Blu-rays of the Week
Arizona (RLJ Entertainment)
In this pitch-black comedy that swings for the fences but falls short, Danny McBride is a frustrated homeowner who’s been foreclosed on and who takes it out on the real estate agency that sold him the house—as he makes more lunatic decisions, he leaves a trail of blood and bodies. McBride is fiendishly funny as the crazed nutcase and Rosemarie Dewitt is a persuasively resourceful hostage, but Luke del Tredici’s script and Jonathan Watson’s bumpily alternate trenchant dark humor about people at the end of their rope with crass violence that undermines, rather than underlines, their point. The Blu-ray transfer is excellent; lone extra is a making-of featurette.
Bad Ronald (Warner Archive)
This unnerving 1974 TV movie has a basic premise—teenage mama’s boy accidentally kills girl, mom hides him in a secret room of their house, she dies, the house is sold, he starts to terrorize the new family, especially the teenage daughter—and director Buzz Kulik keeps it simple and straightforward, making it that much more plausible and effective. Scott Jacoby is frightfully credible as the bad seed Ronald, while Kim Hunter brings a smothering creepiness to Ronald’s mom. The hi-def transfer is crisp and clear.
City Slickers / Get Shorty (Shout Select)
The latest Shout Select releases are two ’90s films that pleased a lot of people, and even (in the case of the former) garnered Jack Palance his only Oscar. 1991’s City Slickers has an amusing premise and entertaining support from Palance, Daniel Stern and Bruno Kirby, but it all depends on one’s tolerance for Billy Crystal (I have little). Likewise, 1995’s Get Shorty is a decent Hollywood takedown—though not as nasty as Altman’s The Player—with wonderfully weird work from Gene Hackman, Danny DeVito, Dennis Farina, Delroy Lindo and a pre-Sopranos James Gandolfini, although again I find John Travolta and Rene Russo to be wet blankets. Both films have solid new hi-def transfers and vintage extras like featurettes, interviews and commentaries.
Down a Dark Hall (Lionsgate)
Based on Lois Duncan’s 1974 young-adult novel, this stylishly convoluted gothic horror set in a foreboding old house that’s currently a convent for wayward young women has moments of suspense and even an occasional fright, but is mostly pretty tame. Director Rodrigo Cortés makes everything look right, including his protagonists—AnnaSophia Robb as the young heroine and Uma Thurman as the eccentric schoolmarm—but it remains empty and dull at times. There’s a great-looking hi-def transfer; extras are a making-of and deleted scene.
Warren Beatty and Robert Towne wrote a scathing script about disaffected Hollywood types, circa 1968—when a loathsome Nixon was elected—but Hal Ashby’s scattershot 1975 satire doesn’t equal the sum of its parts. Despite terrific acting by Goldie Hawn, Julie Christie, Oscar winner Lee Grant, Tony Bill and Jack Warden, and with Beatty’s hairdresser hopping in and out of various beds, the movie feels unfinished, its humor and observations topical but superficial. Criterion’s release does the film no favors; there’s a top-notch hi-def transfer, but contextualizing extras are needed for such a divisive and controversial film; instead, we get 10 minutes of a 1998 Beatty profile and a 30-minute talk between critics Frank Rich and Bob Harris.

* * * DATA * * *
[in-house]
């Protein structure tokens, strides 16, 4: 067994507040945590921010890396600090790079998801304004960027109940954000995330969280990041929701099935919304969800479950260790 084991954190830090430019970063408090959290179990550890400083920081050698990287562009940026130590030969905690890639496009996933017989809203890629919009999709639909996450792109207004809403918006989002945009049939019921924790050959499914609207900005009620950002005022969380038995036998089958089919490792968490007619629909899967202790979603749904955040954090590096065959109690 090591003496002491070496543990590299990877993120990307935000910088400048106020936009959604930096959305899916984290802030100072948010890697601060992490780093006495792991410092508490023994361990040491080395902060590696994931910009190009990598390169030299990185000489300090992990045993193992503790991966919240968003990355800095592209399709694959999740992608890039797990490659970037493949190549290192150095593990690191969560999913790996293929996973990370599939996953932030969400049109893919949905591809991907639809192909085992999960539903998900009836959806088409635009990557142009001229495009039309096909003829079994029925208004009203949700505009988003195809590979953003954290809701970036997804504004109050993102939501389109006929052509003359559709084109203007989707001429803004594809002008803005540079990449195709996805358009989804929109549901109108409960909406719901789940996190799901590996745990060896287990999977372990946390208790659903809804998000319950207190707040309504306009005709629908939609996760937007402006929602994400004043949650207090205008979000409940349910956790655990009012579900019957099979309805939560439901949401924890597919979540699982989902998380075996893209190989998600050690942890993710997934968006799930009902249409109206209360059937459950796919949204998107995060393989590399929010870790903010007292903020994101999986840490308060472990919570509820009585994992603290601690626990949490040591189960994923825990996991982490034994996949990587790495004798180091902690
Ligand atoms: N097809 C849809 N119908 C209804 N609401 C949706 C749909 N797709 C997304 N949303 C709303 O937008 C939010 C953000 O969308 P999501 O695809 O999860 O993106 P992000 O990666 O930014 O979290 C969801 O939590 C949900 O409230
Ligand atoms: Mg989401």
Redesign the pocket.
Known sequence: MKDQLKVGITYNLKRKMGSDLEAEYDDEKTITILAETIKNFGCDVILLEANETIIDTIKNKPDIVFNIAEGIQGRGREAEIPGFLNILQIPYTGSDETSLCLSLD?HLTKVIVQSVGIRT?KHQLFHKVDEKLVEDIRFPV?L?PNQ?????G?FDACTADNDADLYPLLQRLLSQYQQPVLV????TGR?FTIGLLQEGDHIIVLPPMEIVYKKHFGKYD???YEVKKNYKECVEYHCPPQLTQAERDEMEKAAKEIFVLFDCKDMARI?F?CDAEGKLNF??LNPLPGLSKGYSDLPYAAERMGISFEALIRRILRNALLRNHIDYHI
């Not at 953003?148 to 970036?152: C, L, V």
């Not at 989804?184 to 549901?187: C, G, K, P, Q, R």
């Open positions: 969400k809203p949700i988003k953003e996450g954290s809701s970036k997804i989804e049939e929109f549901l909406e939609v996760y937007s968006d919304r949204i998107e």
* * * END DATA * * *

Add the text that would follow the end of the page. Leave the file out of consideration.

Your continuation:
When a movie opens showing forced intercourse between a teenager and his mother—whose brains are blown out while he is still thrusting—you know you’re in for something particularly and peculiarly demented. And that’s what Chilean director Lucio Rojas’ grotesquely horrific drama is. The boy grows up to be a madman who tortures a quartet of young women, all subjected to endless moments of nasty and even nauseating violence that end up making those opening moments seem relatively docile. There’s a first-rate hi-def transfer that catches all the minutiae of Rojas’ gorefest.
Kevin Macdonald’s documentary about the short, sad life of Whitney Houston (who drowned in a bathtub at age 48 in 2012) makes some strange directorial choices—like all of the “current-events” archival footage during some song performances—but it still paints an illuminatingly ugly portrait of a brilliant singer who lost her way because of family, friends, fame, money, and, worst of all, marriage to Bobby Brown. Interviews with some of the main people in Whitney’s life, like her brothers, former husband, mother and even Kevin Costner—with whom she famously starred in the smash The Bodyguard—present a cautionary tale that’s all too familiar but still depressing. The film looks fine on Blu-ray; lone extra is a Macdonald commentary.
DVD of the Week
Generation Wealth (Lionsgate)
Lauren Greenfield returns to the scene of many of her photographs and her previous film The Queen of Versailles: the ultra-rich whose conspicuous consumption—from plastic surgery on themselves and their pets to flying a teenage son to Amsterdam to lose his virginity to a prostitute—is the ultimate in American exceptionalism. This parade of grossly self-centered narcissists makes Donald Trump seem modest, but Greenfield also shows that this is the world we’ve created, and it could actually get worse: soon, we might pine for the halcyon days of Kardashians and Trumps.